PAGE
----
# If the ultimate form of physics can simulate any future matter status without error

## Main Question or Discussion Point

does that mean the future is already written,predetermined when it has been simulated? If so, then instead of the appearance of free choices, the universe itself is actually operating on causality? I mean, if the future can be simulated without error, then where does free will come in? Everything would have already been predicted and simulated @o@?

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russ_watters
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The heisenberg uncertainty principle, among other things, suggests that what you suggest is not possible.

The heisenberg uncertainty principle, among other things, suggests that what you suggest is not possible.
ohhhhh! thats no fun! I sure hope one day we can at least get an accurate prediction of those lottery ball numbers. :P

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does that mean the future is already written,predetermined when it has been simulated? If so, then instead of the appearance of free choices, the universe itself is actually operating on causality? I mean, if the future can be simulated without error, then where does free will come in? Everything would have already been predicted and simulated @o@?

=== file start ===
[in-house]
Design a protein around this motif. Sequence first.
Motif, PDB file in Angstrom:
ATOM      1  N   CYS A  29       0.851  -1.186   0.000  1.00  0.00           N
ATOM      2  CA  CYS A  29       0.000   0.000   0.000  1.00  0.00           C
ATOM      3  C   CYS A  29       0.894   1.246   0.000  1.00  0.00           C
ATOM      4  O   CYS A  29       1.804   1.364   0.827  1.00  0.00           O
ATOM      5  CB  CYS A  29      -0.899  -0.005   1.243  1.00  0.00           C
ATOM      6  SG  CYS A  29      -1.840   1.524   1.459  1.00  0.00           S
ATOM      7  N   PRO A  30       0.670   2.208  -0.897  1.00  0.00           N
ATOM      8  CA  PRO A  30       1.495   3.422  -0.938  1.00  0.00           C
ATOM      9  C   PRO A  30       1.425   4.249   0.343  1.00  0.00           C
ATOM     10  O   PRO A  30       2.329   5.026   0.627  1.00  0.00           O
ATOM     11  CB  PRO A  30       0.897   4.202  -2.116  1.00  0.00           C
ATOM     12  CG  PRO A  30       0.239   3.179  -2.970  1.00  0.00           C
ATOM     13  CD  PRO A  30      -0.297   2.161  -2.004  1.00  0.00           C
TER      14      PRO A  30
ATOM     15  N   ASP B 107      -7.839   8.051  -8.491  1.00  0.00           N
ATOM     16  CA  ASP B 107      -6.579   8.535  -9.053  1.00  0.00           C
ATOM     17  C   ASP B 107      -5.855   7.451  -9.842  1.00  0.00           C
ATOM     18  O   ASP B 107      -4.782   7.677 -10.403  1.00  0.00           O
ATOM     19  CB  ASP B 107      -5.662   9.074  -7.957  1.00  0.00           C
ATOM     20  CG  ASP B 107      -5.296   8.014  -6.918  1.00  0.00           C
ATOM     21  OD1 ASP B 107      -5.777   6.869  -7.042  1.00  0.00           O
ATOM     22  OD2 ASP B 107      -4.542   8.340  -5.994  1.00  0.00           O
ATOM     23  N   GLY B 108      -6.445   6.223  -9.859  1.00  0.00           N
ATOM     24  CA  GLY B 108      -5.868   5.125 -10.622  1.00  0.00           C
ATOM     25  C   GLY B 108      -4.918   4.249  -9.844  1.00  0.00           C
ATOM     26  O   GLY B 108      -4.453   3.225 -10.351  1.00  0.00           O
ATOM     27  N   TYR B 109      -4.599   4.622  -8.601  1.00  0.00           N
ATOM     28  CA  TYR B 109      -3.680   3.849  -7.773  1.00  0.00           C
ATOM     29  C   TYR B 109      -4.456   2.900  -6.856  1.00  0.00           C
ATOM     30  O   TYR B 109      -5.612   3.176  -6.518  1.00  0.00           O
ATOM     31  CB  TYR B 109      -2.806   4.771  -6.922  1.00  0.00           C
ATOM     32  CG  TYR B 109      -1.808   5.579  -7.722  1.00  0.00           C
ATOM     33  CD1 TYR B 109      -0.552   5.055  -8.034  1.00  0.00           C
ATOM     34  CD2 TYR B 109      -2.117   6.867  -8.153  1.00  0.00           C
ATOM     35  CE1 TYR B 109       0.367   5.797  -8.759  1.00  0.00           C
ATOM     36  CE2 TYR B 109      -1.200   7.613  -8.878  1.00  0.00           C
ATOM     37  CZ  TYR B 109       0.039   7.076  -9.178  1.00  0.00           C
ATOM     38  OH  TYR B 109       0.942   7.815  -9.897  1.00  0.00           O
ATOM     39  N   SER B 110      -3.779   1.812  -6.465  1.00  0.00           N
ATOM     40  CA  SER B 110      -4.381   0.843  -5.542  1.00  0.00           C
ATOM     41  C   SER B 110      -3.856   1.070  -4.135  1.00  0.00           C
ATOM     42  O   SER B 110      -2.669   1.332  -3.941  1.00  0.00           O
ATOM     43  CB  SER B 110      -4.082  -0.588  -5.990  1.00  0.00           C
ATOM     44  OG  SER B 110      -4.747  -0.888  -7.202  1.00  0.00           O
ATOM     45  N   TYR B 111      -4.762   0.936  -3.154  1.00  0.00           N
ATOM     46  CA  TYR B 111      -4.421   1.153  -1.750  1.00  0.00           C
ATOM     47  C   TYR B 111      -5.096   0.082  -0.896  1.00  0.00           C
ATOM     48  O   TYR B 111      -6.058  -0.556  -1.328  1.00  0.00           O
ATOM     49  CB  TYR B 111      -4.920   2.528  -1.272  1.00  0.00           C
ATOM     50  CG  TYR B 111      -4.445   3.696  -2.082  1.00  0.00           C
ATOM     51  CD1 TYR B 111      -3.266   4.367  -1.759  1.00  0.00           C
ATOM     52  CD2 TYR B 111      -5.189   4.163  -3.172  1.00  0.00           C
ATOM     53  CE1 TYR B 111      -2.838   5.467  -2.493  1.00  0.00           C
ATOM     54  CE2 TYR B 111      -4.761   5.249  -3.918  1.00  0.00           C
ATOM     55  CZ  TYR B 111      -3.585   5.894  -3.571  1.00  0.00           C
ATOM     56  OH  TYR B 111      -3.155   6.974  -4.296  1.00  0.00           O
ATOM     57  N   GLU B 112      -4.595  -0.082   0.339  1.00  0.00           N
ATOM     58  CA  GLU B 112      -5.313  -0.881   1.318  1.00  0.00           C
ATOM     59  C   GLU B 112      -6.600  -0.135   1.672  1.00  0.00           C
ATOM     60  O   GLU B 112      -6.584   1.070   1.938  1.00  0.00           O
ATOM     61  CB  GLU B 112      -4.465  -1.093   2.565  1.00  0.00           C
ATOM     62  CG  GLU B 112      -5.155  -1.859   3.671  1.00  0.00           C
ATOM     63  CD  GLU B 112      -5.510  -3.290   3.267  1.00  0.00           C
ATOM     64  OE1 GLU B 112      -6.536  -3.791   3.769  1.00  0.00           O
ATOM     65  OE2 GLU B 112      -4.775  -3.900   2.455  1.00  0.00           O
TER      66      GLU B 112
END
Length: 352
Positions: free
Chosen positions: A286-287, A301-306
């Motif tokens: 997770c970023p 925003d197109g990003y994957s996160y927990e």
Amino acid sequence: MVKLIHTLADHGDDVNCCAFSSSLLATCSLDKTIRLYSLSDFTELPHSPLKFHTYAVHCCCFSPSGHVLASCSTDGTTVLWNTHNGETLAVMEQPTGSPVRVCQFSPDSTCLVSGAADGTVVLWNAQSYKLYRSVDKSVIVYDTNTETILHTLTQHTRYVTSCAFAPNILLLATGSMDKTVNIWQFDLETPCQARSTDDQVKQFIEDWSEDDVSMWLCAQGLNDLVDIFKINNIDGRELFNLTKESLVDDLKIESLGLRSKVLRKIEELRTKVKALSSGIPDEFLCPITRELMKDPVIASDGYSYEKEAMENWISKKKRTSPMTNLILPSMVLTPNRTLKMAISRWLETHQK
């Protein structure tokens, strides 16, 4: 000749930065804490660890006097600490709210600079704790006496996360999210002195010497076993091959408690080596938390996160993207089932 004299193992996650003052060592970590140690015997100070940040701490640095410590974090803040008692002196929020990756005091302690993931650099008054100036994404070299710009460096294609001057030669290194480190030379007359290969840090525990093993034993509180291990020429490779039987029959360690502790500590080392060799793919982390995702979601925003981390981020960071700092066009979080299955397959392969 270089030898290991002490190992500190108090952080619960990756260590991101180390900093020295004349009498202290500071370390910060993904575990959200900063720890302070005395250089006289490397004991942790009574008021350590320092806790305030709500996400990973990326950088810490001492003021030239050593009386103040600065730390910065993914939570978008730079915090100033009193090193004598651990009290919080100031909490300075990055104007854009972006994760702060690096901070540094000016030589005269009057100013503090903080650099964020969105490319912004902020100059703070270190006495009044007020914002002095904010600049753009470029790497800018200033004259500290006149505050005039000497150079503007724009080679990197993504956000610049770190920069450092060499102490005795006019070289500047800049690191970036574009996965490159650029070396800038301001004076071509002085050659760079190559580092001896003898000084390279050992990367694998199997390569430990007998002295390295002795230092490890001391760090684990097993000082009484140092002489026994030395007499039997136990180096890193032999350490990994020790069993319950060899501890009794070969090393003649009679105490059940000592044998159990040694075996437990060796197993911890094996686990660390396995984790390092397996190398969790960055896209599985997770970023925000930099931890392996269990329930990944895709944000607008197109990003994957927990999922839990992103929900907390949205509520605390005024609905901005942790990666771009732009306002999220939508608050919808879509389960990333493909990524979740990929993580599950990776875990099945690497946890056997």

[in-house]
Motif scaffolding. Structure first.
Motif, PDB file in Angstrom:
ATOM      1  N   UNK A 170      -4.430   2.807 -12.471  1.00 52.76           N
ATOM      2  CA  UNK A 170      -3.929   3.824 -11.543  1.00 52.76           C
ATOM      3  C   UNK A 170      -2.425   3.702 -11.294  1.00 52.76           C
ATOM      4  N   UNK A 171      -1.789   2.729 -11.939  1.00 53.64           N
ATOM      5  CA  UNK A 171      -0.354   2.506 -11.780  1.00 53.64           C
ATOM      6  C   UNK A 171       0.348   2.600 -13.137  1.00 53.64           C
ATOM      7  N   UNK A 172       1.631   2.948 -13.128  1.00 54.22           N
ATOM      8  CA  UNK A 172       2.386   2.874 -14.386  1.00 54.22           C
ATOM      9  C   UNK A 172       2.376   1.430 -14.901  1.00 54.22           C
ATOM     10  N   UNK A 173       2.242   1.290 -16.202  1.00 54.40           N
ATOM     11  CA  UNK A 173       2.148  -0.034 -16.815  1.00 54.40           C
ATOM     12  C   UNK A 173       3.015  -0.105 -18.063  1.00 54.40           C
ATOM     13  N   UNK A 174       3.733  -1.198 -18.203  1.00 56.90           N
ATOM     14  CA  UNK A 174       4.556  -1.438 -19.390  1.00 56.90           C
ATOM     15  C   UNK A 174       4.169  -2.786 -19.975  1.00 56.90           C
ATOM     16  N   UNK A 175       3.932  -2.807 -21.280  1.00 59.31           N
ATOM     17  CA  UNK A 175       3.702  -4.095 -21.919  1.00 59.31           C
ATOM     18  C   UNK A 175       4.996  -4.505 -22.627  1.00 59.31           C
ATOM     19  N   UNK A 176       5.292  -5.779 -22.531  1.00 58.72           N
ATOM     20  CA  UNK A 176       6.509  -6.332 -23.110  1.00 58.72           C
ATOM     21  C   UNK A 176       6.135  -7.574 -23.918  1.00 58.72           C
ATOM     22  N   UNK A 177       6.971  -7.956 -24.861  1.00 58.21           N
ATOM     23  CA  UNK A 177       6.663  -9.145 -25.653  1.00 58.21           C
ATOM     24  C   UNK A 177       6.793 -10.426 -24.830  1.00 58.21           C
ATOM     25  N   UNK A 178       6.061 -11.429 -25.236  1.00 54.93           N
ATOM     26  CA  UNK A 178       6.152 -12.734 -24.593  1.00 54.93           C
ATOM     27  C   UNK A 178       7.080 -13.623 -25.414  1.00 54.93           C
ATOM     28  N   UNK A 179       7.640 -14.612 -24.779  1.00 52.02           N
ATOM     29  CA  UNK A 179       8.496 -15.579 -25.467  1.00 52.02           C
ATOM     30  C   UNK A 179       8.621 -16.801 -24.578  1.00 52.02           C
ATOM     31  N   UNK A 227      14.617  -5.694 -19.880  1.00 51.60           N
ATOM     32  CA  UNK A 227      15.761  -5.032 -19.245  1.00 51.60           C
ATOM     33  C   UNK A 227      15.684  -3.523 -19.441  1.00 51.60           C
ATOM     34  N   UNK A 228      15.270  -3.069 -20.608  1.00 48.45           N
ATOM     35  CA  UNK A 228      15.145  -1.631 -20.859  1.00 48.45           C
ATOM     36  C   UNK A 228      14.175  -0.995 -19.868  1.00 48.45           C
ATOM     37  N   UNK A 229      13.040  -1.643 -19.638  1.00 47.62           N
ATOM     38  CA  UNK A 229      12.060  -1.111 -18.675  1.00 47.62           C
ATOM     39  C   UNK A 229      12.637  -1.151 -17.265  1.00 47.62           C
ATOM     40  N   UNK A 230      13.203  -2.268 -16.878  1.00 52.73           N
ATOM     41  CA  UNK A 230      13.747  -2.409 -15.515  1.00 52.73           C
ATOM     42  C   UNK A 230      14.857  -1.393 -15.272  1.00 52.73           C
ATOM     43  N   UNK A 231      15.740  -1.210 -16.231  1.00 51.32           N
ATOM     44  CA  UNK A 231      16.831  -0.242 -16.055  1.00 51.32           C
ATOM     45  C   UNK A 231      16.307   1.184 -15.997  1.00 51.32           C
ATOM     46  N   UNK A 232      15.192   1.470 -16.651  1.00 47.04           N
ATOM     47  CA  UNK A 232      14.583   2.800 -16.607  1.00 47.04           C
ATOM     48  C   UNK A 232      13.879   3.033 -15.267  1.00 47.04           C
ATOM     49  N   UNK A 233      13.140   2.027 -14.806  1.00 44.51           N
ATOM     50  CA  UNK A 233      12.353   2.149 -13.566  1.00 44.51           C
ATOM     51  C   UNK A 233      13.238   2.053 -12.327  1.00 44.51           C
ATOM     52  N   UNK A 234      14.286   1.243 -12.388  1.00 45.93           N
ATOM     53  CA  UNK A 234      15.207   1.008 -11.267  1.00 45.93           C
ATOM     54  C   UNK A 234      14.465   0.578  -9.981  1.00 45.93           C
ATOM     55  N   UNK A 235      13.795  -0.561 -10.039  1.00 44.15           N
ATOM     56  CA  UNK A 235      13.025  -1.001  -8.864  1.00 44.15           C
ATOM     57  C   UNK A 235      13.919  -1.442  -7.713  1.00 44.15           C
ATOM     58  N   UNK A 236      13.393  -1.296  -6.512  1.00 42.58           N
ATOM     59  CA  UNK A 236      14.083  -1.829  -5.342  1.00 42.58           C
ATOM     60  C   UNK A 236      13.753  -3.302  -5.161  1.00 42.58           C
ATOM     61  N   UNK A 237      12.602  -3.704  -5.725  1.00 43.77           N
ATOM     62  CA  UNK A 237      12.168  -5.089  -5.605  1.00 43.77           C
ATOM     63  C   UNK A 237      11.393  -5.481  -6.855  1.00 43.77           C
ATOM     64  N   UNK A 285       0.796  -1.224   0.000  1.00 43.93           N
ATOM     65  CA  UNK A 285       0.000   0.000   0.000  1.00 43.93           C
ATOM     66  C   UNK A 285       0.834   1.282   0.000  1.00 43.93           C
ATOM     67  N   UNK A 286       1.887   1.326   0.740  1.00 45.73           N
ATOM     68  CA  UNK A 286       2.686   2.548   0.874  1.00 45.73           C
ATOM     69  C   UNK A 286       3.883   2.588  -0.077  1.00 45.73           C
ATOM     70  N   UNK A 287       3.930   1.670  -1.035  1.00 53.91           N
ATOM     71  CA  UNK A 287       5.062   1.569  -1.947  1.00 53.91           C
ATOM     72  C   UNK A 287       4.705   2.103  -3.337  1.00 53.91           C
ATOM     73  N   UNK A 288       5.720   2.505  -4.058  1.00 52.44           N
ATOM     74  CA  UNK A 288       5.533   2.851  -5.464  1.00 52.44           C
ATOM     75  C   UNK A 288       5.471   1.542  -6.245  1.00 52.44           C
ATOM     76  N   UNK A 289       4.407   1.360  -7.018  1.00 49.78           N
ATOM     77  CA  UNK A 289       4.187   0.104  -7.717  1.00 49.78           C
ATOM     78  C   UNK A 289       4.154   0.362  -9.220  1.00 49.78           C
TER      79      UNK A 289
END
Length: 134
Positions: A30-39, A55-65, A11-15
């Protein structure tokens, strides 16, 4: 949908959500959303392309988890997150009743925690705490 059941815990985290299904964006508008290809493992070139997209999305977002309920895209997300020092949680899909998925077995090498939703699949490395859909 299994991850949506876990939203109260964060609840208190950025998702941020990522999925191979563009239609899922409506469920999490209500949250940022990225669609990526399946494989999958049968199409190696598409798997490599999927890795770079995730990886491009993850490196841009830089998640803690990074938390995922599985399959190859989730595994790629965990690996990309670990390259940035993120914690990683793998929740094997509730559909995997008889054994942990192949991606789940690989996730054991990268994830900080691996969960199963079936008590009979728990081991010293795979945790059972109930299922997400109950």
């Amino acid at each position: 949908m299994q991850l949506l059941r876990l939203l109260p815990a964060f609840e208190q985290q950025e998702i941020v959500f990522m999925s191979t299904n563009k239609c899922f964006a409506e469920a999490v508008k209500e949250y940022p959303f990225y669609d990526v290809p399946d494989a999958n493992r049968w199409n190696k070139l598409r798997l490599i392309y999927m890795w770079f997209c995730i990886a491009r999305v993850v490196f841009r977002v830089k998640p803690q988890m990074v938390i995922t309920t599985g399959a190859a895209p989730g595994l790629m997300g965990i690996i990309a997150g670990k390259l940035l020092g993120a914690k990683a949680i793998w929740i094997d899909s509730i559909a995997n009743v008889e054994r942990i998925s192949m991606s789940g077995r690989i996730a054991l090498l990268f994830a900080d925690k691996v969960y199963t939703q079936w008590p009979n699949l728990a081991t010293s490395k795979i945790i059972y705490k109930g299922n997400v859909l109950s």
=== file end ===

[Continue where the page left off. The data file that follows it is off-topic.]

Try applying your premise to just a tiny subset of the future of the universe; i.e. the weather on earth tomorrow. You've got your weatherman with his hotshot simulator showing you exactly what you can expect to happen tomorrow outside, and you know he's going to be right. But the weatherman and the simulator have not assumed causality. Causality predated the simulator.

I generally take the stand that free will does not exist, and that everything has already been set in motion. But I only have a weak a priori argument for it, and it requires an assumption that isn't necessary.

However, whether the universe is absolutely predetermined or somewhere in between (I don't accept that the universe is chaos... too much support otherwise), what we ought to do, and what we do do will not change. So predetermination's existence, in my opinion, is just an interesting thought exercise, as opposed to something that could have an interesting effect on our lives.

I mean, if the future can be simulated without error, then where does free will come in?
There is a longstanding view (called compatibilism) that claims determinism has no effect on the question of free will. Look it up.

I've never really investigated the free will issue - it seems to all be pretty nebulous.

I am sure that human beings are able to act as agents in the world, in so far as our actions affect the future course of events.

Do we really want any more than that? If we want to maintain that only the past is metaphysically real, and the future does not exist, I think we are asking too much.